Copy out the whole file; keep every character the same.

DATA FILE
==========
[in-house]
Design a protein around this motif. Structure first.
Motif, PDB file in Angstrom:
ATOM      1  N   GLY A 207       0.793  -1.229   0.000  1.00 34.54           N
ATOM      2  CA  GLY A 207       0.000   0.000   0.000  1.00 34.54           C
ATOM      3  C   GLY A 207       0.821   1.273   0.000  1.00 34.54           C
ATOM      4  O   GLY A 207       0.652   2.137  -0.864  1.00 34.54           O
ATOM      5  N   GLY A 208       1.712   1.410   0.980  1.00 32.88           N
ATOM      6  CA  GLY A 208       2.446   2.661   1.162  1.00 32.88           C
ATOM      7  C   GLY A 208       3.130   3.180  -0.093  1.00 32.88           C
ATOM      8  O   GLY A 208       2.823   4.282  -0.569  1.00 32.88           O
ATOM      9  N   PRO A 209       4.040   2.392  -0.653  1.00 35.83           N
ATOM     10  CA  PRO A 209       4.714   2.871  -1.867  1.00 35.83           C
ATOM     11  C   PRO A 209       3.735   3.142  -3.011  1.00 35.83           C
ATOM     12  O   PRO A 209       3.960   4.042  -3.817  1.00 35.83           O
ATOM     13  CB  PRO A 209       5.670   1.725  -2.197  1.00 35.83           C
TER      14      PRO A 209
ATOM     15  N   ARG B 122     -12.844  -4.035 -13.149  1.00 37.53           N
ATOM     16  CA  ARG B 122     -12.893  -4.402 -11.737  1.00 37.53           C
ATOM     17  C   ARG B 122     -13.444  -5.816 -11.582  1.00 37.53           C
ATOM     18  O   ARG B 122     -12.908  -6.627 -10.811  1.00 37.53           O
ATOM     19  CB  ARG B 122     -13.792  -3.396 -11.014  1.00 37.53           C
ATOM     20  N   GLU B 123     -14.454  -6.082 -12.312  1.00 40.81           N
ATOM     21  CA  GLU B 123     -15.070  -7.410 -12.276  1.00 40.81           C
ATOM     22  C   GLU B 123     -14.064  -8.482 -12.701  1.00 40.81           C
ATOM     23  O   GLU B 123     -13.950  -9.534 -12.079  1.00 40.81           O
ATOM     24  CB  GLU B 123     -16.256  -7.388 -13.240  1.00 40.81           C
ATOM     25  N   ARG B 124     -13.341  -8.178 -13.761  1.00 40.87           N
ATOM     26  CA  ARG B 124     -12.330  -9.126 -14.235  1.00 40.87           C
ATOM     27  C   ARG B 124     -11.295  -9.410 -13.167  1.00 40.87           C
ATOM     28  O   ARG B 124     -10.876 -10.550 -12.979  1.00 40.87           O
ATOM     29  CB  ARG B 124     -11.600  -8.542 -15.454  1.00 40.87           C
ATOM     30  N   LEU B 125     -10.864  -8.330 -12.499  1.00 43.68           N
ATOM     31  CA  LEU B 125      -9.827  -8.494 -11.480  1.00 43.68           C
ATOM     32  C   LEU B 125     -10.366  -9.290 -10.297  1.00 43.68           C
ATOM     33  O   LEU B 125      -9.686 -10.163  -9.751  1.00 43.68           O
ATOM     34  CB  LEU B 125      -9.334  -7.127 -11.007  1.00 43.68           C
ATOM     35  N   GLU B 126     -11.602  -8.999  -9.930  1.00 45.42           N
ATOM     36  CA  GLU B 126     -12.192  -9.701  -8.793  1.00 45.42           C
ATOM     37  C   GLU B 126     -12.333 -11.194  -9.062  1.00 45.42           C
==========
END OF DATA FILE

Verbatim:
[in-house]
Design a protein around this motif. Structure first.
Motif, PDB file in Angstrom:
ATOM      1  N   GLY A 207       0.793  -1.229   0.000  1.00 34.54           N
ATOM      2  CA  GLY A 207       0.000   0.000   0.000  1.00 34.54           C
ATOM      3  C   GLY A 207       0.821   1.273   0.000  1.00 34.54           C
ATOM      4  O   GLY A 207       0.652   2.137  -0.864  1.00 34.54           O
ATOM      5  N   GLY A 208       1.712   1.410   0.980  1.00 32.88           N
ATOM      6  CA  GLY A 208       2.446   2.661   1.162  1.00 32.88           C
ATOM      7  C   GLY A 208       3.130   3.180  -0.093  1.00 32.88           C
ATOM      8  O   GLY A 208       2.823   4.282  -0.569  1.00 32.88           O
ATOM      9  N   PRO A 209       4.040   2.392  -0.653  1.00 35.83           N
ATOM     10  CA  PRO A 209       4.714   2.871  -1.867  1.00 35.83           C
ATOM     11  C   PRO A 209       3.735   3.142  -3.011  1.00 35.83           C
ATOM     12  O   PRO A 209       3.960   4.042  -3.817  1.00 35.83           O
ATOM     13  CB  PRO A 209       5.670   1.725  -2.197  1.00 35.83           C
TER      14      PRO A 209
ATOM     15  N   ARG B 122     -12.844  -4.035 -13.149  1.00 37.53           N
ATOM     16  CA  ARG B 122     -12.893  -4.402 -11.737  1.00 37.53           C
ATOM     17  C   ARG B 122     -13.444  -5.816 -11.582  1.00 37.53           C
ATOM     18  O   ARG B 122     -12.908  -6.627 -10.811  1.00 37.53           O
ATOM     19  CB  ARG B 122     -13.792  -3.396 -11.014  1.00 37.53           C
ATOM     20  N   GLU B 123     -14.454  -6.082 -12.312  1.00 40.81           N
ATOM     21  CA  GLU B 123     -15.070  -7.410 -12.276  1.00 40.81           C
ATOM     22  C   GLU B 123     -14.064  -8.482 -12.701  1.00 40.81           C
ATOM     23  O   GLU B 123     -13.950  -9.534 -12.079  1.00 40.81           O
ATOM     24  CB  GLU B 123     -16.256  -7.388 -13.240  1.00 40.81           C
ATOM     25  N   ARG B 124     -13.341  -8.178 -13.761  1.00 40.87           N
ATOM     26  CA  ARG B 124     -12.330  -9.126 -14.235  1.00 40.87           C
ATOM     27  C   ARG B 124     -11.295  -9.410 -13.167  1.00 40.87           C
ATOM     28  O   ARG B 124     -10.876 -10.550 -12.979  1.00 40.87           O
ATOM     29  CB  ARG B 124     -11.600  -8.542 -15.454  1.00 40.87           C
ATOM     30  N   LEU B 125     -10.864  -8.330 -12.499  1.00 43.68           N
ATOM     31  CA  LEU B 125      -9.827  -8.494 -11.480  1.00 43.68           C
ATOM     32  C   LEU B 125     -10.366  -9.290 -10.297  1.00 43.68           C
ATOM     33  O   LEU B 125      -9.686 -10.163  -9.751  1.00 43.68           O
ATOM     34  CB  LEU B 125      -9.334  -7.127 -11.007  1.00 43.68           C
ATOM     35  N   GLU B 126     -11.602  -8.999  -9.930  1.00 45.42           N
ATOM     36  CA  GLU B 126     -12.192  -9.701  -8.793  1.00 45.42           C
ATOM     37  C   GLU B 126     -12.333 -11.194  -9.062  1.00 45.42           C